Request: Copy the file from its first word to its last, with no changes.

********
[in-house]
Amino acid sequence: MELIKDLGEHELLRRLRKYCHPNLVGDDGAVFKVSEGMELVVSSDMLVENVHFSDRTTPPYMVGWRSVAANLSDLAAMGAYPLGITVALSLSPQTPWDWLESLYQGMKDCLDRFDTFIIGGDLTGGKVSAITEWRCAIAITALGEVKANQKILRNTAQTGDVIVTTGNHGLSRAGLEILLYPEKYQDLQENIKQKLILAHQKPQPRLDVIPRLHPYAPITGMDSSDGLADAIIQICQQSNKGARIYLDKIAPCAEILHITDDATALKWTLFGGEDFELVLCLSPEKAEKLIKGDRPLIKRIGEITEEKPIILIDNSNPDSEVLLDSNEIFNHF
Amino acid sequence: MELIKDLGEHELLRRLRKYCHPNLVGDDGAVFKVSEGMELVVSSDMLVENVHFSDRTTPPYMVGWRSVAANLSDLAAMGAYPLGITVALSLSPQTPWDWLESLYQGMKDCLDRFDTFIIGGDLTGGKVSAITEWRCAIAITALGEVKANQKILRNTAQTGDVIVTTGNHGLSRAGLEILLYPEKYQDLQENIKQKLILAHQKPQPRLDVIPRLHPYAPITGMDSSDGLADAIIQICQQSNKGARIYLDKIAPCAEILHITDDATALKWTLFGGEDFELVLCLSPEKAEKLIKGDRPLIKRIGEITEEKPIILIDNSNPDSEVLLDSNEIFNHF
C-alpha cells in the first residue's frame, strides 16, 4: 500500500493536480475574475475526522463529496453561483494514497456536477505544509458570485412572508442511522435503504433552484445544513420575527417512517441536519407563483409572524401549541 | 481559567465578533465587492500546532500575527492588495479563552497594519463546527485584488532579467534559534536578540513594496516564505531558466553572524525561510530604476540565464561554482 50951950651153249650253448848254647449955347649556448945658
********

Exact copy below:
[in-house]
Amino acid sequence: MELIKDLGEHELLRRLRKYCHPNLVGDDGAVFKVSEGMELVVSSDMLVENVHFSDRTTPPYMVGWRSVAANLSDLAAMGAYPLGITVALSLSPQTPWDWLESLYQGMKDCLDRFDTFIIGGDLTGGKVSAITEWRCAIAITALGEVKANQKILRNTAQTGDVIVTTGNHGLSRAGLEILLYPEKYQDLQENIKQKLILAHQKPQPRLDVIPRLHPYAPITGMDSSDGLADAIIQICQQSNKGARIYLDKIAPCAEILHITDDATALKWTLFGGEDFELVLCLSPEKAEKLIKGDRPLIKRIGEITEEKPIILIDNSNPDSEVLLDSNEIFNHF
Amino acid sequence: MELIKDLGEHELLRRLRKYCHPNLVGDDGAVFKVSEGMELVVSSDMLVENVHFSDRTTPPYMVGWRSVAANLSDLAAMGAYPLGITVALSLSPQTPWDWLESLYQGMKDCLDRFDTFIIGGDLTGGKVSAITEWRCAIAITALGEVKANQKILRNTAQTGDVIVTTGNHGLSRAGLEILLYPEKYQDLQENIKQKLILAHQKPQPRLDVIPRLHPYAPITGMDSSDGLADAIIQICQQSNKGARIYLDKIAPCAEILHITDDATALKWTLFGGEDFELVLCLSPEKAEKLIKGDRPLIKRIGEITEEKPIILIDNSNPDSEVLLDSNEIFNHF
C-alpha cells in the first residue's frame, strides 16, 4: 500500500493536480475574475475526522463529496453561483494514497456536477505544509458570485412572508442511522435503504433552484445544513420575527417512517441536519407563483409572524401549541 | 481559567465578533465587492500546532500575527492588495479563552497594519463546527485584488532579467534559534536578540513594496516564505531558466553572524525561510530604476540565464561554482 50951950651153249650253448848254647449955347649556448945658